This was the first book I’ve read by this author Rolf Margenau, but I certainly hope it’s not the last. He has a gift for writing descriptive and life-like scenes that make us feel like we are really there inside the story, as opposed to it all just being “told” to us, as so many rookie authors make the mistake of doing. I like that this book didn’t feel stale or derivative of anything I’ve read before and is so much different than anything else I’ve read. Smart, irreverent, complex, funny, dark… really enjoyed the characters and the humorous conversations that had me shaking my head at times. Although it starts off well and gets right into the story, I do think it could have used more focus and tightening, for at times it just seemed to stall out without a central goal. But that is what makes it more literary/character-driven, I suppose and overall the entire novel was one that I thought was well-crafted and entertaining. There are some POV changes that can get a tad confusing at times and the ending felt quite abrupt… almost rushed. But I like that despite the underlying message the book doesn’t take itself too serious and is a fun, different type of read that is both entertaining and enlightening. Recommend for adults. (4-5 stars) Megan King—Goodreads; Barnes & Noble; Indie Book Reviewer
I really enjoyed this book. I thought it was excellently written with great editing and kept my attention from the interesting opening to the satisfying (if bittersweet) ending. It is not a quick read … nor should it be. There are too many important themes here to gloss over, so the author takes his time in carefully developing the various storylines so that we the readers are thoroughly engaged the whole way through. I liked Mr. Margenau’s writing style very much – it is part serious, part quirky and tongue-in-cheek and satirical. It is funny and sad (because it’s true in a way, with all the political maneuverings, shady characters and shenanigans…). But overall just feels so real. I found myself completely lost in this world he created with these interesting, deep characters night after night. It does have moments where it is a bit longwinded and overwritten, but still an interesting ride. Was almost disappointed when I was done, but the ending gave the emotional satisfaction I look for in a good book and it make me think outside the box for a while. Well done. (4 stars) Laura Clarke—Goodreads; Barnes & Noble; Indie Book Reviewers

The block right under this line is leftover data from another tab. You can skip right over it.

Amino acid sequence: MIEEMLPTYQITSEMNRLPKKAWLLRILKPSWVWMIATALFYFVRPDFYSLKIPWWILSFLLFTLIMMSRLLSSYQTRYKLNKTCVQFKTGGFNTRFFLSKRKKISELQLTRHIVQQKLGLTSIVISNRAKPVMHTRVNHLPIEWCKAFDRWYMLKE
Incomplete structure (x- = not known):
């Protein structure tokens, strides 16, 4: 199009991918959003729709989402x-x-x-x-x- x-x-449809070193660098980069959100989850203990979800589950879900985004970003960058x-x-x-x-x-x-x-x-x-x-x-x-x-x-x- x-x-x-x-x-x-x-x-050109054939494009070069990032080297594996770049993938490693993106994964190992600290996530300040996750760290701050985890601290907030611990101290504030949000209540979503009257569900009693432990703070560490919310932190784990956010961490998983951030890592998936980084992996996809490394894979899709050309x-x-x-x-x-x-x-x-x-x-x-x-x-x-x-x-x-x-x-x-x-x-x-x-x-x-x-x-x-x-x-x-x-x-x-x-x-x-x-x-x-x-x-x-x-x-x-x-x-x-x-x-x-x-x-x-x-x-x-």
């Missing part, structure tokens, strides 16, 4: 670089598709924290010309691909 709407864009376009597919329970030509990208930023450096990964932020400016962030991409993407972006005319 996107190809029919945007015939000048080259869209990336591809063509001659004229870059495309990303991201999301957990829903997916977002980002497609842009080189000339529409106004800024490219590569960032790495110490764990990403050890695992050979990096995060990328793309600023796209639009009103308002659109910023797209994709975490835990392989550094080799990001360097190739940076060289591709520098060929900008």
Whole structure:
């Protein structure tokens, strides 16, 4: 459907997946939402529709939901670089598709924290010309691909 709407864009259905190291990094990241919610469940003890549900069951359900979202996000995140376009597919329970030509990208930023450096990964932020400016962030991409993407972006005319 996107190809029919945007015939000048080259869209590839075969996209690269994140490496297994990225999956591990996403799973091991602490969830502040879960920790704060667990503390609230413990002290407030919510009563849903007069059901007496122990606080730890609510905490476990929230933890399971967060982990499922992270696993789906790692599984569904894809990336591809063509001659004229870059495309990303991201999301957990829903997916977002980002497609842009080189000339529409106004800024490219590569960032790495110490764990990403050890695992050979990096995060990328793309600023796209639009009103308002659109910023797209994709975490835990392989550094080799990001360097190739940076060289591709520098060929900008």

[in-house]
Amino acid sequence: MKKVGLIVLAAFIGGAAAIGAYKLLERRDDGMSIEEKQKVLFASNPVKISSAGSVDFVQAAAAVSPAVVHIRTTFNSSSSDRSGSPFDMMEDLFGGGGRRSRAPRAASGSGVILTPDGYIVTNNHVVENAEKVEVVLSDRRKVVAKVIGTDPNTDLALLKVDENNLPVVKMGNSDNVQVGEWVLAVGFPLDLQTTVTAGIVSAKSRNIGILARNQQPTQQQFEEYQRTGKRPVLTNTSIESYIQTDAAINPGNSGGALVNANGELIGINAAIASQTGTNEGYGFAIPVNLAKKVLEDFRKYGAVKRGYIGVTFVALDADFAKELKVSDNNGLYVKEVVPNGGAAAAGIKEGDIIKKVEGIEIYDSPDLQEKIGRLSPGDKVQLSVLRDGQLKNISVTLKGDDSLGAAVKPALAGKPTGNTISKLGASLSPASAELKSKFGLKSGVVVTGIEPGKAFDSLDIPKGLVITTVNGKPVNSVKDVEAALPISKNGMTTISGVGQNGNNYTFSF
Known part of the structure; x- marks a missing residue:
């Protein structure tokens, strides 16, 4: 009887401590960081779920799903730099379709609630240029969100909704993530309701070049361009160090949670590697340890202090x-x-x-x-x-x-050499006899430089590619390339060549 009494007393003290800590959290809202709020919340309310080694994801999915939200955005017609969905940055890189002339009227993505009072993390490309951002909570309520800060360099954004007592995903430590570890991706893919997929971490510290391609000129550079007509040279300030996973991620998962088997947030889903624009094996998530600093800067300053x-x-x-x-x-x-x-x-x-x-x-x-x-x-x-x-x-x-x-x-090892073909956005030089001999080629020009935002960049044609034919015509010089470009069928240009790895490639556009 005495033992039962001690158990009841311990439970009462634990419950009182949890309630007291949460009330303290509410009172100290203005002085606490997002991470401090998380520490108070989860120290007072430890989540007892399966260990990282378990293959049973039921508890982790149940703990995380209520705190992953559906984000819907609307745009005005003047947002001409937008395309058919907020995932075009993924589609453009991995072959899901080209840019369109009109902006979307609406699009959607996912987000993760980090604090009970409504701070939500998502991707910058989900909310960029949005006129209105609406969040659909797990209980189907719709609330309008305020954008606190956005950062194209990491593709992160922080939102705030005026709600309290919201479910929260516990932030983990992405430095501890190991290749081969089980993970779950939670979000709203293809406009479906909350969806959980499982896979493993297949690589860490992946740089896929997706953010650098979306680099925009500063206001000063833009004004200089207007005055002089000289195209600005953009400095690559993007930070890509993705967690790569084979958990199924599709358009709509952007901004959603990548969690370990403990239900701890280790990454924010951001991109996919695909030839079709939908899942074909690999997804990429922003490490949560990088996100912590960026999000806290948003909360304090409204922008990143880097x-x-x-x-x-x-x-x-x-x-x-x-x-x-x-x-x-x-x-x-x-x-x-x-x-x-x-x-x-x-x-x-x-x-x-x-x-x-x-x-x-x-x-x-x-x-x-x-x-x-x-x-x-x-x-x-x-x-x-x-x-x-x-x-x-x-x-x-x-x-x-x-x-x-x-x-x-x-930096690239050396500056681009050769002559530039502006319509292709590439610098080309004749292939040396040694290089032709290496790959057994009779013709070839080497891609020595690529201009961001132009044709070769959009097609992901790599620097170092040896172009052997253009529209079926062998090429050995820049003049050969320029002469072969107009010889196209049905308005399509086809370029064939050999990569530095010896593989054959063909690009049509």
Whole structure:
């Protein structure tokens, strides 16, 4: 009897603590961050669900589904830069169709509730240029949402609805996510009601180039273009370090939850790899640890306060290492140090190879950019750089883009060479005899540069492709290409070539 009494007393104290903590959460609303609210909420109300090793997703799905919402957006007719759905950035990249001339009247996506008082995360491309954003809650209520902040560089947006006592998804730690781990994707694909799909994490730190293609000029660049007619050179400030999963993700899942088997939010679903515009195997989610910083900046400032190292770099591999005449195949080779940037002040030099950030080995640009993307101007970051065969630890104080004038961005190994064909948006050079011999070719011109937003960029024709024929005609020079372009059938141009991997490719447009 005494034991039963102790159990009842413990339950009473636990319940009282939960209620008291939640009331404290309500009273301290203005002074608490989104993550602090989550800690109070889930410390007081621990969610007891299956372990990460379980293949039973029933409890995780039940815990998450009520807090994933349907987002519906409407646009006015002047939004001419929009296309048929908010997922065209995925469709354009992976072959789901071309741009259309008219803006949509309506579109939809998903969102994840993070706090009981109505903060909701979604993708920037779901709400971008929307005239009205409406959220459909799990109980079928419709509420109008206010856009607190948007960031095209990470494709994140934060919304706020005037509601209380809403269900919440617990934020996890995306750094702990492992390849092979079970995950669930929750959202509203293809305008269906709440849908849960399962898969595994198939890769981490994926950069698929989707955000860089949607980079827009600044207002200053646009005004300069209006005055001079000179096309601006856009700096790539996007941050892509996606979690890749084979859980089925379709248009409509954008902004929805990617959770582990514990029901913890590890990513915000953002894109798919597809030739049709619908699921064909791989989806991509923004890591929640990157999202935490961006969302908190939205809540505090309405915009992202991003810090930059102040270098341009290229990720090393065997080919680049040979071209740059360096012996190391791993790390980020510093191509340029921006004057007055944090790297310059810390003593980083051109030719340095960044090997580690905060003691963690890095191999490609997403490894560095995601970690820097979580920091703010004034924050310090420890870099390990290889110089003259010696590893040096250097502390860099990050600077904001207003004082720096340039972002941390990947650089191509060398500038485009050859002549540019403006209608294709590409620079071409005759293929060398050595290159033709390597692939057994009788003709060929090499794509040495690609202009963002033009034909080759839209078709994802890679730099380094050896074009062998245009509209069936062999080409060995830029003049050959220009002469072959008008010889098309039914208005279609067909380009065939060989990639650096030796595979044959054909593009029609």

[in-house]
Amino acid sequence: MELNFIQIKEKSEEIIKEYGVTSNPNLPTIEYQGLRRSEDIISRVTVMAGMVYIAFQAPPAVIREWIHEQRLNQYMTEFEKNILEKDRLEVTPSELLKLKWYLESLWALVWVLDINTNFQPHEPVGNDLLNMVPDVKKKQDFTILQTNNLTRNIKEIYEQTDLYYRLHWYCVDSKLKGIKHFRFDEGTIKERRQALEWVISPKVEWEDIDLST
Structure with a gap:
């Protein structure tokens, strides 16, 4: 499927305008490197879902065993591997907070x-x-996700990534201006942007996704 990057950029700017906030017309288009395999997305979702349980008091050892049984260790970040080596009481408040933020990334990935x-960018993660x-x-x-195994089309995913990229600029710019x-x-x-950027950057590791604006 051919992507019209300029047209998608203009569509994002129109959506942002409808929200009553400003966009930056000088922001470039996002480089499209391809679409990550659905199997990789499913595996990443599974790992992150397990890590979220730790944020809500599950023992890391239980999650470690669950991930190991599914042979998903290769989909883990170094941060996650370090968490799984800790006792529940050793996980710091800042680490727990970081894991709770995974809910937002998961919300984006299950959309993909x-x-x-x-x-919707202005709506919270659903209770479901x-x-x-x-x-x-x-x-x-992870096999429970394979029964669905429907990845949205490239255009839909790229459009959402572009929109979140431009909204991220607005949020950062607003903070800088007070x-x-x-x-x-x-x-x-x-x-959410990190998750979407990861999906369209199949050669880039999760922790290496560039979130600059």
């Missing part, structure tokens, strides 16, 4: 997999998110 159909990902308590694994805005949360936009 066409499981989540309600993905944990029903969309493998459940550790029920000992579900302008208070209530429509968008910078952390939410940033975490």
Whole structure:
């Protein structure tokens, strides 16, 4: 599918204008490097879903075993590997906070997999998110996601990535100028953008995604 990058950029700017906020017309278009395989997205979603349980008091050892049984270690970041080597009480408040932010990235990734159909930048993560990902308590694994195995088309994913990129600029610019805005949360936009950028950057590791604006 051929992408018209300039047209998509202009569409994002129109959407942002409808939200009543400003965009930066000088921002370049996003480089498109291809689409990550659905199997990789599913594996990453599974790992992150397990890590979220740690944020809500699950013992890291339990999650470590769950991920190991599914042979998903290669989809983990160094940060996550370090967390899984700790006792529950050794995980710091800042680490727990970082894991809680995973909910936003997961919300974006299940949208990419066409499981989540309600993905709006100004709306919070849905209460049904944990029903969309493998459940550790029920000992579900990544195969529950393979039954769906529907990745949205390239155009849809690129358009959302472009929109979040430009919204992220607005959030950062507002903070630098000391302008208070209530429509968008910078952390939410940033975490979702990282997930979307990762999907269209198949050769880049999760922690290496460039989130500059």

“National Parks” is a very compelling read, and one that will definitely appeal to fans of literary/philosophical/satire novels. Rolf Margenau infuses a unique blend of insight, dry humor, philosophy, drama, and interesting characters to tell his provocative tale. But he puts more of a ‘speculative’ spin on the traditional storytelling which makes it all the more fun. The story itself was fairly even-paced, but I thought it has too much conversation at times (chit chat) that did little to progress the plot, and it did seem to lack the type of tension that makes us just *have* to keep reading… things just sort of happen, and there isn’t really high stakes or anything… But it certainly is well written and enlightening, enjoyed the unique angle on the characters and their lively banter and entertaining turn of events and adventures. There is a bit of language but other than that it is suitable for mature teens on up. (4-5 stars) Claire Middleton—Goodreads; Barnes & Noble; Indie Book Reviewers